• Melanocytes;
  • Microphthalmia-associated transcription factor;
  • Pigment cells;
  • Differentiation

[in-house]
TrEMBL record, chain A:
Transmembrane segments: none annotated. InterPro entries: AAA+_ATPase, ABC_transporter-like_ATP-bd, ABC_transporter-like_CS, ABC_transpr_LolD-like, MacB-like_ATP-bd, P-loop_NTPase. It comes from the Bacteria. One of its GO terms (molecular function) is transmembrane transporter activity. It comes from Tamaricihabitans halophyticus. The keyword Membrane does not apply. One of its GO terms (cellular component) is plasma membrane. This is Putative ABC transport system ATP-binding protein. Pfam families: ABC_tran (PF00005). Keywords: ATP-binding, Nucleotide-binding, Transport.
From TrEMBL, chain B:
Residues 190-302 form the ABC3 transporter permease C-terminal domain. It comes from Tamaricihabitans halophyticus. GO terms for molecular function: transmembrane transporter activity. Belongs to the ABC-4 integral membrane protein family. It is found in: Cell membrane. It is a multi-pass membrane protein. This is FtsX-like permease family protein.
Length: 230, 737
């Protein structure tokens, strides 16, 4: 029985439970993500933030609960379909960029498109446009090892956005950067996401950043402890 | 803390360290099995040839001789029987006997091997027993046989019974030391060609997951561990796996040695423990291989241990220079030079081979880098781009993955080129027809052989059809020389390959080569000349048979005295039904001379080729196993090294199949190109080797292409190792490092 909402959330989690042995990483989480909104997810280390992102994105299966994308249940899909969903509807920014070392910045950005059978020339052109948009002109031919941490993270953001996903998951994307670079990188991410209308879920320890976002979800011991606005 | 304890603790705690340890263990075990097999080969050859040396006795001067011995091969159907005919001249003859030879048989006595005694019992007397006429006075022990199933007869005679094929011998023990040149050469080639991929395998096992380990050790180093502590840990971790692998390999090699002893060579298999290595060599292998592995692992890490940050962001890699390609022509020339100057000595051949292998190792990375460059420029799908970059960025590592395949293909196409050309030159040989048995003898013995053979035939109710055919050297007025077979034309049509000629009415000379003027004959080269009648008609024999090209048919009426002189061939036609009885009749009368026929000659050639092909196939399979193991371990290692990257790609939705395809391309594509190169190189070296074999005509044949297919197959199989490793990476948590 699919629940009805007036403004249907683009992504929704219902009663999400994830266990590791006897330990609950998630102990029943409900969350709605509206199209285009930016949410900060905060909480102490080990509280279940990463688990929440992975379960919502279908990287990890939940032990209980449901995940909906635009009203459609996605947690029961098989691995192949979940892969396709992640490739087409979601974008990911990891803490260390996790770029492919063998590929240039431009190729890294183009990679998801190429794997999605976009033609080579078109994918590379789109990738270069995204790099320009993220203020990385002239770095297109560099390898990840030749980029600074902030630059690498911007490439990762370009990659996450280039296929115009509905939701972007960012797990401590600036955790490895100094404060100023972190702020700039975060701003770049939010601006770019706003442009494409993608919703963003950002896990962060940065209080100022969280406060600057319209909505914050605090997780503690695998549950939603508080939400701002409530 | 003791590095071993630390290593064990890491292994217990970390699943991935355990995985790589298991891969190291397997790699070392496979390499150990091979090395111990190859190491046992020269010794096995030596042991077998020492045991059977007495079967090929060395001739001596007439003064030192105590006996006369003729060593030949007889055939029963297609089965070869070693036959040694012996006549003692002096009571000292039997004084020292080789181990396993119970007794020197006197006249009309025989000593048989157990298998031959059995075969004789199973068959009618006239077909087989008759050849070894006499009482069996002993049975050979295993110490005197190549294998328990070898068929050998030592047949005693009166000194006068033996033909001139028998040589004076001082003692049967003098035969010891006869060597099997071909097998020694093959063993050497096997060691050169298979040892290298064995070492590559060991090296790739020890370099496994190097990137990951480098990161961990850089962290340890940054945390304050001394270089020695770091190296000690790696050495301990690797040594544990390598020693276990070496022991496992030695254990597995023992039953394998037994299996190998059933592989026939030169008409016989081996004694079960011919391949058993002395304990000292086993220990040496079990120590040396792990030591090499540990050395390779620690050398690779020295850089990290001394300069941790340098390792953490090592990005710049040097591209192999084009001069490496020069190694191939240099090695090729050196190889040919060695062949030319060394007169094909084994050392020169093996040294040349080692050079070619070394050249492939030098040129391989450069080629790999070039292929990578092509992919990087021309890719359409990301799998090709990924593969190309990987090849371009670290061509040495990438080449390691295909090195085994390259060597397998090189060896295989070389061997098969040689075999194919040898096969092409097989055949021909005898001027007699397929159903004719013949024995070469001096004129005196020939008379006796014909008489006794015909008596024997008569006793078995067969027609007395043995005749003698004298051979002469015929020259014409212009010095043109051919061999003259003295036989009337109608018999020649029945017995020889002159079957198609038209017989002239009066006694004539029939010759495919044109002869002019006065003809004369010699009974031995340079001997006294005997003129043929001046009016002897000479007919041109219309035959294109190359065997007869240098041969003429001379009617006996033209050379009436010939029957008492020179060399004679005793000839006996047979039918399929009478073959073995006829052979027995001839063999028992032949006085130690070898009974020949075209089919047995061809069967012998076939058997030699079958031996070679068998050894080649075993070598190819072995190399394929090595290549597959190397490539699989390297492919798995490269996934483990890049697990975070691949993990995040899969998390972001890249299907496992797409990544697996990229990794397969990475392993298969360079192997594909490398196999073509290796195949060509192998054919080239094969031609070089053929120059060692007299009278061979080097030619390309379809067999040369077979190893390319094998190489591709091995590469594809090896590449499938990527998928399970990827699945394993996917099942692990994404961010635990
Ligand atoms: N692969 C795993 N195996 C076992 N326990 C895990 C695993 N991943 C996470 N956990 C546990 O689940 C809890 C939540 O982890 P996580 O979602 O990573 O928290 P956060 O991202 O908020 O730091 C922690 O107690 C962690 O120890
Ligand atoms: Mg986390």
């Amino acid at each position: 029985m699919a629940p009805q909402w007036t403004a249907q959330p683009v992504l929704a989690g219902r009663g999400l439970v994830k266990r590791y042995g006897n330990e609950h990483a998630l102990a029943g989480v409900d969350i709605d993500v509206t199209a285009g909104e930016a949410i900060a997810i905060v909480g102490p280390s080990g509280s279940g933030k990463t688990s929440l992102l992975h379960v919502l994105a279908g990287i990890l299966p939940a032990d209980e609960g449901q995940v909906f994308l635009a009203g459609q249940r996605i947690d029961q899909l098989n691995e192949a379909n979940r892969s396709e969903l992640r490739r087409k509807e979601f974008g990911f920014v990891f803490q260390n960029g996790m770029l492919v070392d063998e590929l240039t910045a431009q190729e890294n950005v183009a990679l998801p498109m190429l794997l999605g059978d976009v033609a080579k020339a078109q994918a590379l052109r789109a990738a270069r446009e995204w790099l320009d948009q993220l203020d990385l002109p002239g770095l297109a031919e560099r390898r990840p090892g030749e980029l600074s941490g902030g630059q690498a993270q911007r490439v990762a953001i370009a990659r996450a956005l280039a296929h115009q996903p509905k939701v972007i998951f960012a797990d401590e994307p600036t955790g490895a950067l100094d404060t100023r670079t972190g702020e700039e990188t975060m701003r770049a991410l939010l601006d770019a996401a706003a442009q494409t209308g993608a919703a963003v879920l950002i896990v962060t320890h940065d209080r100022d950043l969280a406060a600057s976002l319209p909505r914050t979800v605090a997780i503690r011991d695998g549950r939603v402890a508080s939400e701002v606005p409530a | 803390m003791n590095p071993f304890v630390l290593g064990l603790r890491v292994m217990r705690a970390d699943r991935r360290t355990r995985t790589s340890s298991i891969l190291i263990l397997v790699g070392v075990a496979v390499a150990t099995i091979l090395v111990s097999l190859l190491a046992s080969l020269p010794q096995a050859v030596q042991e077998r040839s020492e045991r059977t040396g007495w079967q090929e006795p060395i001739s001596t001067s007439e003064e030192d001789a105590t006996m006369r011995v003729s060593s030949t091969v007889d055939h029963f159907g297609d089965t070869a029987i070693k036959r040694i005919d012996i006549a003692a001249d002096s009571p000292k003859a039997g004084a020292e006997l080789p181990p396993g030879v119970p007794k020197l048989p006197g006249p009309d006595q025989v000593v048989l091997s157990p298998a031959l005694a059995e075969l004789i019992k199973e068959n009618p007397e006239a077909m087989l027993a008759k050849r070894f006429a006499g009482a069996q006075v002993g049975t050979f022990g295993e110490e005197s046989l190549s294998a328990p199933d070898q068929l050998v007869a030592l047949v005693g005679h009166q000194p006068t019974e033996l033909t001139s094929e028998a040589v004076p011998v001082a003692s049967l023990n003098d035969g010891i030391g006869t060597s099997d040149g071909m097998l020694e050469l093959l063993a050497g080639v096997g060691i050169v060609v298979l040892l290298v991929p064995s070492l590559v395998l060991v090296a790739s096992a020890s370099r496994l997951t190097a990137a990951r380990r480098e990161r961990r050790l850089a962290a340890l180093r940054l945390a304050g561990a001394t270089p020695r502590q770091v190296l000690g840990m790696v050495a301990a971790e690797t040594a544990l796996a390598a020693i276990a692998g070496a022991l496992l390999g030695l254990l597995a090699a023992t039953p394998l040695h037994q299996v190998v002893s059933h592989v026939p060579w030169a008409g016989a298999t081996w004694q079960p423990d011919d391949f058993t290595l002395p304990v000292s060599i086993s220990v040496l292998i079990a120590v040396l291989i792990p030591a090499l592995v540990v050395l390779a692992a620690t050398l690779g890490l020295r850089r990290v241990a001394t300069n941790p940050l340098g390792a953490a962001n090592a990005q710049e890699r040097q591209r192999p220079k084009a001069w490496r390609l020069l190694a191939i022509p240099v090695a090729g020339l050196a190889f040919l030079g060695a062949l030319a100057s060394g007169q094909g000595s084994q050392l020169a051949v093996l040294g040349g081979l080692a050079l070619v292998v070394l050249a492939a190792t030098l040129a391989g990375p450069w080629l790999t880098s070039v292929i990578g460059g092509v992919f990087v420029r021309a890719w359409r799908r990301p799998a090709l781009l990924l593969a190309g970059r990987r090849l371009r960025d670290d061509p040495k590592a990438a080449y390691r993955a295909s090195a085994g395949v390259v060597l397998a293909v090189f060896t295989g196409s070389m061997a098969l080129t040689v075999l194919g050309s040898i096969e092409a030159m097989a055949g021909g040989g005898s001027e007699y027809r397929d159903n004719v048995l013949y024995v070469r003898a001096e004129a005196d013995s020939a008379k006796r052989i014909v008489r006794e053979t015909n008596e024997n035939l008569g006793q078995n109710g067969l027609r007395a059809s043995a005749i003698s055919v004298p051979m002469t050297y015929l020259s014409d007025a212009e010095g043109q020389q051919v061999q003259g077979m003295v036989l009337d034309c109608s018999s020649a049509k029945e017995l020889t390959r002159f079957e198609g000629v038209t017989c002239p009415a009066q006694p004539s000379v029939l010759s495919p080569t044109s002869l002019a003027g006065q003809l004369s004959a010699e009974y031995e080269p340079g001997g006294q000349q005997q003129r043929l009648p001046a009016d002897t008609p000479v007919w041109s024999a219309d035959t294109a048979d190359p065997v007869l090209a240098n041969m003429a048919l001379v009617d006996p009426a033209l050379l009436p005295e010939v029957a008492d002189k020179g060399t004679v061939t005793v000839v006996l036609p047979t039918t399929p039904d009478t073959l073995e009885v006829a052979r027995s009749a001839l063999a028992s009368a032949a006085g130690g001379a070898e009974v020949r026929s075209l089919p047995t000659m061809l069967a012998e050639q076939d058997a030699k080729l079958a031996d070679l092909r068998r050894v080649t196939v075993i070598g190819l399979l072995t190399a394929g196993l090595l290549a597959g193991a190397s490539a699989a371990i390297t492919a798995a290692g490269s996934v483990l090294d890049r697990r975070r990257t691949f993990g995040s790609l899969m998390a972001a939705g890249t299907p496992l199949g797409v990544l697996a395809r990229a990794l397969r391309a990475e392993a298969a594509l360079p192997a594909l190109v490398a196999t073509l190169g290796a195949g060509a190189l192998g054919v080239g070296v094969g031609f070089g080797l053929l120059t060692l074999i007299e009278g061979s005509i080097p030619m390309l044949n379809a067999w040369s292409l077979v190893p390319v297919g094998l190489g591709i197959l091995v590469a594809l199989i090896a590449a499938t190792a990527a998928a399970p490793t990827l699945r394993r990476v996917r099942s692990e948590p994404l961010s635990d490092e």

Microphthalmia-associated transcription factor (MITF) plays a pivotal role in melanocyte survival and differentiation. Nevertheless, until now it has not been possible to show that MITF regulates the expression of the endogenous tyrosinase or Tyrp1. Further, a direct involvement of MITF in the regulation of melanin synthesis, a key parameter of melanocyte differentiation, remains to be demonstrated. In the present report, using recombinant adenovirus encoding the wild-type or a dominant negative form of MITF, as well as stable cell lines expressing tetracycline inducible wild-type MITF, we reassessed the role of MITF in melanocyte differentiation and in the regulation of melanin synthesis. Immunofluorescence studies, as well as Western blot analyses, show that infection of B16 mouse melanoma cells or human melanocytes with adenovirus encoding wild-type MITF does not increase the expression of the endogenous melanogenic enzymes. However, infection with the MITF dominant negative mutant inhibits the expression of endogenous tyrosinase and Tyrp1 proteins and blocks cAMP-induced melanin synthesis. Thus, MITF is required but does not seem to be sufficient to induce the expression of melanogenic enzymes and we show for the first time a direct involvement of MITF in the regulation of melanin pigment synthesis. As a whole, our data point to the existence of still unknown regulatory mechanisms that co-operate or synergize with MITF to control melanogenic gene expression and melanin synthesis. The identification of such mechanisms will greatly improve our understanding of the melanocyte differentiation processes.